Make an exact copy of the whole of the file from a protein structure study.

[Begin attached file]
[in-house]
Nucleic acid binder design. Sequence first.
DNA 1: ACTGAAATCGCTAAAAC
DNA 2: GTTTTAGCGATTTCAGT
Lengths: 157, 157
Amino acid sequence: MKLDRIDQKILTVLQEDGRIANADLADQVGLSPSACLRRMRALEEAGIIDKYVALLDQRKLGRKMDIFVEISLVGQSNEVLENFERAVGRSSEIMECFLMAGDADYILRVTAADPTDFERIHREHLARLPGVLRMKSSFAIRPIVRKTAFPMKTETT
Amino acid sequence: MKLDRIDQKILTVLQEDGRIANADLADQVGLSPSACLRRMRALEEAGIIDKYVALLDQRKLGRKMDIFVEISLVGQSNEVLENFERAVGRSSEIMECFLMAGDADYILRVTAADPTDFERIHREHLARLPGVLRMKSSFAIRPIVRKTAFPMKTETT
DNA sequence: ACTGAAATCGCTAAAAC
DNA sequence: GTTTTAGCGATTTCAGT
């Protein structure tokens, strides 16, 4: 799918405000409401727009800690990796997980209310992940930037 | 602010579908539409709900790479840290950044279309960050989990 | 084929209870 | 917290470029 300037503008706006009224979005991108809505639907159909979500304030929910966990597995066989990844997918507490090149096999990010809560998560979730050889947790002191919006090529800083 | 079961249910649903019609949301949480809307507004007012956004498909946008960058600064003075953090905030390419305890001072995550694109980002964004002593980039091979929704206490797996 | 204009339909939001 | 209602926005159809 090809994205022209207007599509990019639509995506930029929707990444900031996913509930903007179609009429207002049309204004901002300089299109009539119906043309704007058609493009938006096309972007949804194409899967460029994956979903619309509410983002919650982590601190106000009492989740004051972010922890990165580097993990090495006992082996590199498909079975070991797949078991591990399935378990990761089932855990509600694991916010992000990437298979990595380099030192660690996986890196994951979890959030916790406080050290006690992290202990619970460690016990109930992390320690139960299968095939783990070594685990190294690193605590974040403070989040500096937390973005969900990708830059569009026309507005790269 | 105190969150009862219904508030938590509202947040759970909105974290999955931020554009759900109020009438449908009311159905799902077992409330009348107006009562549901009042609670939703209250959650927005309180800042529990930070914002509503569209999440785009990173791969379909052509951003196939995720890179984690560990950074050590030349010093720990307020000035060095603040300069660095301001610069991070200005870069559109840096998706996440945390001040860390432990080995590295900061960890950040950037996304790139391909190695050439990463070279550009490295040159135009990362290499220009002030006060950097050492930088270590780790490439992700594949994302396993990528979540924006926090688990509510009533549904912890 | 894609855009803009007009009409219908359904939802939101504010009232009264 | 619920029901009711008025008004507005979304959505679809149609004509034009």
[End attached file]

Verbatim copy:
[in-house]
Nucleic acid binder design. Sequence first.
DNA 1: ACTGAAATCGCTAAAAC
DNA 2: GTTTTAGCGATTTCAGT
Lengths: 157, 157
Amino acid sequence: MKLDRIDQKILTVLQEDGRIANADLADQVGLSPSACLRRMRALEEAGIIDKYVALLDQRKLGRKMDIFVEISLVGQSNEVLENFERAVGRSSEIMECFLMAGDADYILRVTAADPTDFERIHREHLARLPGVLRMKSSFAIRPIVRKTAFPMKTETT
Amino acid sequence: MKLDRIDQKILTVLQEDGRIANADLADQVGLSPSACLRRMRALEEAGIIDKYVALLDQRKLGRKMDIFVEISLVGQSNEVLENFERAVGRSSEIMECFLMAGDADYILRVTAADPTDFERIHREHLARLPGVLRMKSSFAIRPIVRKTAFPMKTETT
DNA sequence: ACTGAAATCGCTAAAAC
DNA sequence: GTTTTAGCGATTTCAGT
């Protein structure tokens, strides 16, 4: 799918405000409401727009800690990796997980209310992940930037 | 602010579908539409709900790479840290950044279309960050989990 | 084929209870 | 917290470029 300037503008706006009224979005991108809505639907159909979500304030929910966990597995066989990844997918507490090149096999990010809560998560979730050889947790002191919006090529800083 | 079961249910649903019609949301949480809307507004007012956004498909946008960058600064003075953090905030390419305890001072995550694109980002964004002593980039091979929704206490797996 | 204009339909939001 | 209602926005159809 090809994205022209207007599509990019639509995506930029929707990444900031996913509930903007179609009429207002049309204004901002300089299109009539119906043309704007058609493009938006096309972007949804194409899967460029994956979903619309509410983002919650982590601190106000009492989740004051972010922890990165580097993990090495006992082996590199498909079975070991797949078991591990399935378990990761089932855990509600694991916010992000990437298979990595380099030192660690996986890196994951979890959030916790406080050290006690992290202990619970460690016990109930992390320690139960299968095939783990070594685990190294690193605590974040403070989040500096937390973005969900990708830059569009026309507005790269 | 105190969150009862219904508030938590509202947040759970909105974290999955931020554009759900109020009438449908009311159905799902077992409330009348107006009562549901009042609670939703209250959650927005309180800042529990930070914002509503569209999440785009990173791969379909052509951003196939995720890179984690560990950074050590030349010093720990307020000035060095603040300069660095301001610069991070200005870069559109840096998706996440945390001040860390432990080995590295900061960890950040950037996304790139391909190695050439990463070279550009490295040159135009990362290499220009002030006060950097050492930088270590780790490439992700594949994302396993990528979540924006926090688990509510009533549904912890 | 894609855009803009007009009409219908359904939802939101504010009232009264 | 619920029901009711008025008004507005979304959505679809149609004509034009």